The gross domestic product increased 3.4% and 2.6% in the third and fourth quarters of 2018, respectively, according to the Bureau of Economic Analysis.
The early stages of a rising interest rate environment are a good indication that the economy is strong and growing—and when consumers have more money to spend, it can contribute to growth for your agency.
Consumers who have more disposable cash will likely spend more on cars and upgrading their homes, by either purchasing a larger, newer home or investing in improvements and expansion of existing property. All of that leads to a greater need for personal lines insurance.
A growing economy also means businesses are growing. As businesses grow and expand, their need for commercial insurance can contribute to growth for your agency’s commercial lines. Meanwhile, these businesses may also have greater needs for health insurance benefits as they expand their staff, leading to growth for agencies who specialize in life-health products.
Capitalizing on Economic Growth
Organic growth may be easier to facilitate in an increasing rate environment. But many operations will be limited in their growth by existing resources, and eventually the capacity of existing staff and operations hits a maximum.
When an agency reaches its capacity, continued organic growth may require working capital to hire additional staff, expand office space or add technology to improve operating efficiency, thus leading to higher demand for credit to support that growth.
Another way to create growth within your agency is through acquisitions. Acquiring another book or office location can accelerate growth faster than organic growth and enable you to combine operational tasks to gain capacity for additional growth.
Taking on Debt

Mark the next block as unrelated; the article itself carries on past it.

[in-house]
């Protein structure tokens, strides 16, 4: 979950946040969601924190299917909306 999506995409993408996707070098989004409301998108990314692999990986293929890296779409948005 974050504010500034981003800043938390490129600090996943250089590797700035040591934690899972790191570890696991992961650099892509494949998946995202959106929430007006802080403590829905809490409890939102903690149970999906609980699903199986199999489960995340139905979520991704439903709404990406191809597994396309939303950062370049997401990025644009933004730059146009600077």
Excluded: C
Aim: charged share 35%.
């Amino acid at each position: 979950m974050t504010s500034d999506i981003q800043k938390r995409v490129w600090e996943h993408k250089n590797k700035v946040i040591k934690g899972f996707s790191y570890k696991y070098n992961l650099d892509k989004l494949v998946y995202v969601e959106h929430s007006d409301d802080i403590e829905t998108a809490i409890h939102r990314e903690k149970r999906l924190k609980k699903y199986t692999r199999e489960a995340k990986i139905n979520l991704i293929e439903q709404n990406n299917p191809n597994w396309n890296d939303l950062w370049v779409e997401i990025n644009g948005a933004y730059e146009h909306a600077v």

In a rising interest rate environment, the cost of debt is higher. How do you know if taking on debt to facilitate growth makes sense?
Using debt as a strategic tool can be healthy for your agency, but first you must ensure that you have a definable purpose for your debt, whether that’s hiring new sales or operational staff, investing in a new agency management system, building out or leasing new office space, or acquiring another book or agency.
Quantify the benefit you will derive from the investment and compare that to the cost to borrow. If your return on the investment is greater than the cost to borrow, then taking on debt may be the right choice for you. Reach out to lenders to discuss your objectives, learn about their process, and find the best option for your specific needs.
The definition of “insure” is to secure or protect someone against a possible contingency. That’s what you do every day. Do the same for your business by ensuring you have a backup plan that meets your objectives should your first alternative for growth not work. Remember: It’s never too early to start planning.
Melanie Otto, a senior vice president and director of agency finance at Providence Bank, specializes in providing financing to insurance agents.